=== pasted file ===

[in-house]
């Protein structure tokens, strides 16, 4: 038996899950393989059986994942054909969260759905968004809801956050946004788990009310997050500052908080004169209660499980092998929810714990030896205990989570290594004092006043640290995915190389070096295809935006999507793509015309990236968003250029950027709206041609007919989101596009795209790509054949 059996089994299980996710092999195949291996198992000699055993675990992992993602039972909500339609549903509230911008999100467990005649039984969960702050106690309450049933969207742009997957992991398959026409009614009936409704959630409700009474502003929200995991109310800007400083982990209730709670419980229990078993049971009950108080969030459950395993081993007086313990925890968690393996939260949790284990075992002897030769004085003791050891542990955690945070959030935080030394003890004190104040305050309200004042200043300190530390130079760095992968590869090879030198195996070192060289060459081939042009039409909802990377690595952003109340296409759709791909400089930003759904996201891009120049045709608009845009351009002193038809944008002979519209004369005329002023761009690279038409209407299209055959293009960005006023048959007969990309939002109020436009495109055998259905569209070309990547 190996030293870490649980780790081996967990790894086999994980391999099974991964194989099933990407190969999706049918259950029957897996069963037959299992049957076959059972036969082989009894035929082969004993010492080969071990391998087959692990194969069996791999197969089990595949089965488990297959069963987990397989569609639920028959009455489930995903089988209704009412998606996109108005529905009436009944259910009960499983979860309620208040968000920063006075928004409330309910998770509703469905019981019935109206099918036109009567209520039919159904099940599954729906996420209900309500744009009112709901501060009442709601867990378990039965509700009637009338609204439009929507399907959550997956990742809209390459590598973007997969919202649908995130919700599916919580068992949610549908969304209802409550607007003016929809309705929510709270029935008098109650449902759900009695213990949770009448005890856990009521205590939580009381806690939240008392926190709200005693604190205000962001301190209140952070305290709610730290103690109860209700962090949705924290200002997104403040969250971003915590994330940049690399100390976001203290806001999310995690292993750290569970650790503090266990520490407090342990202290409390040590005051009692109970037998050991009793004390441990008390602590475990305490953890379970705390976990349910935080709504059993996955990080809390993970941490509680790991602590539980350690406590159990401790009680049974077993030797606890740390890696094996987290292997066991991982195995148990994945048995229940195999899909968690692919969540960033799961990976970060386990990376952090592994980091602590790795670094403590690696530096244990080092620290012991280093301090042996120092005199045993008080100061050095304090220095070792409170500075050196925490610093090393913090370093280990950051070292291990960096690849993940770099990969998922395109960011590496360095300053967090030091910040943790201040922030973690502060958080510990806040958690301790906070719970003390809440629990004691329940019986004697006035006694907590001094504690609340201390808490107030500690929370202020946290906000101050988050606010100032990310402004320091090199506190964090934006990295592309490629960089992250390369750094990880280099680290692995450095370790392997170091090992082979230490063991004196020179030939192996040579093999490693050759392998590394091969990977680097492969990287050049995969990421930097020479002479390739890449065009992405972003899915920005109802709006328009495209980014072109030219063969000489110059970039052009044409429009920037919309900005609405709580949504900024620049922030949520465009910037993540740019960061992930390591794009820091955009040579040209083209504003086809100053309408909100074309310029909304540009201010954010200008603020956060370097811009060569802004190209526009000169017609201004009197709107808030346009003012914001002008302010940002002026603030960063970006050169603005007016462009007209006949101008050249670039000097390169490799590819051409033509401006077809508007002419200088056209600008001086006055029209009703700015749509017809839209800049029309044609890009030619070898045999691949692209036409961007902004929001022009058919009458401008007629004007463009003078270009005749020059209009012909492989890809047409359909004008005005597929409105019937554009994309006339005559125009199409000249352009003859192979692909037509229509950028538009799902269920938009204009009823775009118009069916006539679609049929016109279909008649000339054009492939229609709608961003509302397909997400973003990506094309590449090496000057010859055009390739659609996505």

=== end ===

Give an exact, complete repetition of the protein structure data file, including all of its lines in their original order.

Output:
[in-house]
């Protein structure tokens, strides 16, 4: 038996899950393989059986994942054909969260759905968004809801956050946004788990009310997050500052908080004169209660499980092998929810714990030896205990989570290594004092006043640290995915190389070096295809935006999507793509015309990236968003250029950027709206041609007919989101596009795209790509054949 059996089994299980996710092999195949291996198992000699055993675990992992993602039972909500339609549903509230911008999100467990005649039984969960702050106690309450049933969207742009997957992991398959026409009614009936409704959630409700009474502003929200995991109310800007400083982990209730709670419980229990078993049971009950108080969030459950395993081993007086313990925890968690393996939260949790284990075992002897030769004085003791050891542990955690945070959030935080030394003890004190104040305050309200004042200043300190530390130079760095992968590869090879030198195996070192060289060459081939042009039409909802990377690595952003109340296409759709791909400089930003759904996201891009120049045709608009845009351009002193038809944008002979519209004369005329002023761009690279038409209407299209055959293009960005006023048959007969990309939002109020436009495109055998259905569209070309990547 190996030293870490649980780790081996967990790894086999994980391999099974991964194989099933990407190969999706049918259950029957897996069963037959299992049957076959059972036969082989009894035929082969004993010492080969071990391998087959692990194969069996791999197969089990595949089965488990297959069963987990397989569609639920028959009455489930995903089988209704009412998606996109108005529905009436009944259910009960499983979860309620208040968000920063006075928004409330309910998770509703469905019981019935109206099918036109009567209520039919159904099940599954729906996420209900309500744009009112709901501060009442709601867990378990039965509700009637009338609204439009929507399907959550997956990742809209390459590598973007997969919202649908995130919700599916919580068992949610549908969304209802409550607007003016929809309705929510709270029935008098109650449902759900009695213990949770009448005890856990009521205590939580009381806690939240008392926190709200005693604190205000962001301190209140952070305290709610730290103690109860209700962090949705924290200002997104403040969250971003915590994330940049690399100390976001203290806001999310995690292993750290569970650790503090266990520490407090342990202290409390040590005051009692109970037998050991009793004390441990008390602590475990305490953890379970705390976990349910935080709504059993996955990080809390993970941490509680790991602590539980350690406590159990401790009680049974077993030797606890740390890696094996987290292997066991991982195995148990994945048995229940195999899909968690692919969540960033799961990976970060386990990376952090592994980091602590790795670094403590690696530096244990080092620290012991280093301090042996120092005199045993008080100061050095304090220095070792409170500075050196925490610093090393913090370093280990950051070292291990960096690849993940770099990969998922395109960011590496360095300053967090030091910040943790201040922030973690502060958080510990806040958690301790906070719970003390809440629990004691329940019986004697006035006694907590001094504690609340201390808490107030500690929370202020946290906000101050988050606010100032990310402004320091090199506190964090934006990295592309490629960089992250390369750094990880280099680290692995450095370790392997170091090992082979230490063991004196020179030939192996040579093999490693050759392998590394091969990977680097492969990287050049995969990421930097020479002479390739890449065009992405972003899915920005109802709006328009495209980014072109030219063969000489110059970039052009044409429009920037919309900005609405709580949504900024620049922030949520465009910037993540740019960061992930390591794009820091955009040579040209083209504003086809100053309408909100074309310029909304540009201010954010200008603020956060370097811009060569802004190209526009000169017609201004009197709107808030346009003012914001002008302010940002002026603030960063970006050169603005007016462009007209006949101008050249670039000097390169490799590819051409033509401006077809508007002419200088056209600008001086006055029209009703700015749509017809839209800049029309044609890009030619070898045999691949692209036409961007902004929001022009058919009458401008007629004007463009003078270009005749020059209009012909492989890809047409359909004008005005597929409105019937554009994309006339005559125009199409000249352009003859192979692909037509229509950028538009799902269920938009204009009823775009118009069916006539679609049929016109279909008649000339054009492939229609709608961003509302397909997400973003990506094309590449090496000057010859055009390739659609996505």